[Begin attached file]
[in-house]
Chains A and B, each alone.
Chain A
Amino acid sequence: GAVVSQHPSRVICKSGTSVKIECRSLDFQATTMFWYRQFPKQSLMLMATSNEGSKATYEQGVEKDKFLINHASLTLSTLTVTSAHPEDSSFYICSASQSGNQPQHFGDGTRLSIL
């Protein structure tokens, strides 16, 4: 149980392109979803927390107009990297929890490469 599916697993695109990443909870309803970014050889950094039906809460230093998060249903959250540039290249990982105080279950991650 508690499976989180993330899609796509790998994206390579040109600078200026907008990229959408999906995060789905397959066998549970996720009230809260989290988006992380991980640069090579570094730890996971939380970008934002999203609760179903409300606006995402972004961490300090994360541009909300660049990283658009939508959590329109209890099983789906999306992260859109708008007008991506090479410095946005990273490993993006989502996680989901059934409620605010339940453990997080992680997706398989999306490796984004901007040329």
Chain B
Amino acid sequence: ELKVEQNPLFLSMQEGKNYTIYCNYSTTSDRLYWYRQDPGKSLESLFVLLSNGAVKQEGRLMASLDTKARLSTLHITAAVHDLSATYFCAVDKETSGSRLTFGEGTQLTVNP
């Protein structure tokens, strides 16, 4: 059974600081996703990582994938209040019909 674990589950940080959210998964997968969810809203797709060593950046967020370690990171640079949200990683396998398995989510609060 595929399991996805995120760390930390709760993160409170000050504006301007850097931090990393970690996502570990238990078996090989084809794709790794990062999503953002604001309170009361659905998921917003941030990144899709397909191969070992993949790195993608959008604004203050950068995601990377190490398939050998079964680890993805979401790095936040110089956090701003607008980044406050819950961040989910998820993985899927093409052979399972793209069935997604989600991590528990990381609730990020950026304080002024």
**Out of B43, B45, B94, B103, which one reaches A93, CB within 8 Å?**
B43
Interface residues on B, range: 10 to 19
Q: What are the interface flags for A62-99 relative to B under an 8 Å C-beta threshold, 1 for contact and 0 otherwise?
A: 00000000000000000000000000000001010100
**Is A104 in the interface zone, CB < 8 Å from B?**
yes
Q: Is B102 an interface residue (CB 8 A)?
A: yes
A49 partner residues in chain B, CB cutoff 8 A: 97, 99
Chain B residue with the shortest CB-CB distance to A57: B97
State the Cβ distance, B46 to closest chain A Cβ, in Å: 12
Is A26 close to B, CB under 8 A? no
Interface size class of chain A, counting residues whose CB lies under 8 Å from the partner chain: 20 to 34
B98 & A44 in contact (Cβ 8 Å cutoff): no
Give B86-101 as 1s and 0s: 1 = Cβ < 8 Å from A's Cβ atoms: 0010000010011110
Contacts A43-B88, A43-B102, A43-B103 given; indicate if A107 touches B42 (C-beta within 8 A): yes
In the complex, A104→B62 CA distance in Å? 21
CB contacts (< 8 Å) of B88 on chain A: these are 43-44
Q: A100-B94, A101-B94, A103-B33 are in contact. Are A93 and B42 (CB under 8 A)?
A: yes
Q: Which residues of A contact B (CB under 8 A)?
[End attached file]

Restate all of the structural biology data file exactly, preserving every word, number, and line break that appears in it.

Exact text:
[in-house]
Chains A and B, each alone.
Chain A
Amino acid sequence: GAVVSQHPSRVICKSGTSVKIECRSLDFQATTMFWYRQFPKQSLMLMATSNEGSKATYEQGVEKDKFLINHASLTLSTLTVTSAHPEDSSFYICSASQSGNQPQHFGDGTRLSIL
């Protein structure tokens, strides 16, 4: 149980392109979803927390107009990297929890490469 599916697993695109990443909870309803970014050889950094039906809460230093998060249903959250540039290249990982105080279950991650 508690499976989180993330899609796509790998994206390579040109600078200026907008990229959408999906995060789905397959066998549970996720009230809260989290988006992380991980640069090579570094730890996971939380970008934002999203609760179903409300606006995402972004961490300090994360541009909300660049990283658009939508959590329109209890099983789906999306992260859109708008007008991506090479410095946005990273490993993006989502996680989901059934409620605010339940453990997080992680997706398989999306490796984004901007040329």
Chain B
Amino acid sequence: ELKVEQNPLFLSMQEGKNYTIYCNYSTTSDRLYWYRQDPGKSLESLFVLLSNGAVKQEGRLMASLDTKARLSTLHITAAVHDLSATYFCAVDKETSGSRLTFGEGTQLTVNP
């Protein structure tokens, strides 16, 4: 059974600081996703990582994938209040019909 674990589950940080959210998964997968969810809203797709060593950046967020370690990171640079949200990683396998398995989510609060 595929399991996805995120760390930390709760993160409170000050504006301007850097931090990393970690996502570990238990078996090989084809794709790794990062999503953002604001309170009361659905998921917003941030990144899709397909191969070992993949790195993608959008604004203050950068995601990377190490398939050998079964680890993805979401790095936040110089956090701003607008980044406050819950961040989910998820993985899927093409052979399972793209069935997604989600991590528990990381609730990020950026304080002024």
**Out of B43, B45, B94, B103, which one reaches A93, CB within 8 Å?**
B43
Interface residues on B, range: 10 to 19
Q: What are the interface flags for A62-99 relative to B under an 8 Å C-beta threshold, 1 for contact and 0 otherwise?
A: 00000000000000000000000000000001010100
**Is A104 in the interface zone, CB < 8 Å from B?**
yes
Q: Is B102 an interface residue (CB 8 A)?
A: yes
A49 partner residues in chain B, CB cutoff 8 A: 97, 99
Chain B residue with the shortest CB-CB distance to A57: B97
State the Cβ distance, B46 to closest chain A Cβ, in Å: 12
Is A26 close to B, CB under 8 A? no
Interface size class of chain A, counting residues whose CB lies under 8 Å from the partner chain: 20 to 34
B98 & A44 in contact (Cβ 8 Å cutoff): no
Give B86-101 as 1s and 0s: 1 = Cβ < 8 Å from A's Cβ atoms: 0010000010011110
Contacts A43-B88, A43-B102, A43-B103 given; indicate if A107 touches B42 (C-beta within 8 A): yes
In the complex, A104→B62 CA distance in Å? 21
CB contacts (< 8 Å) of B88 on chain A: these are 43-44
Q: A100-B94, A101-B94, A103-B33 are in contact. Are A93 and B42 (CB under 8 A)?
A: yes
Q: Which residues of A contact B (CB under 8 A)?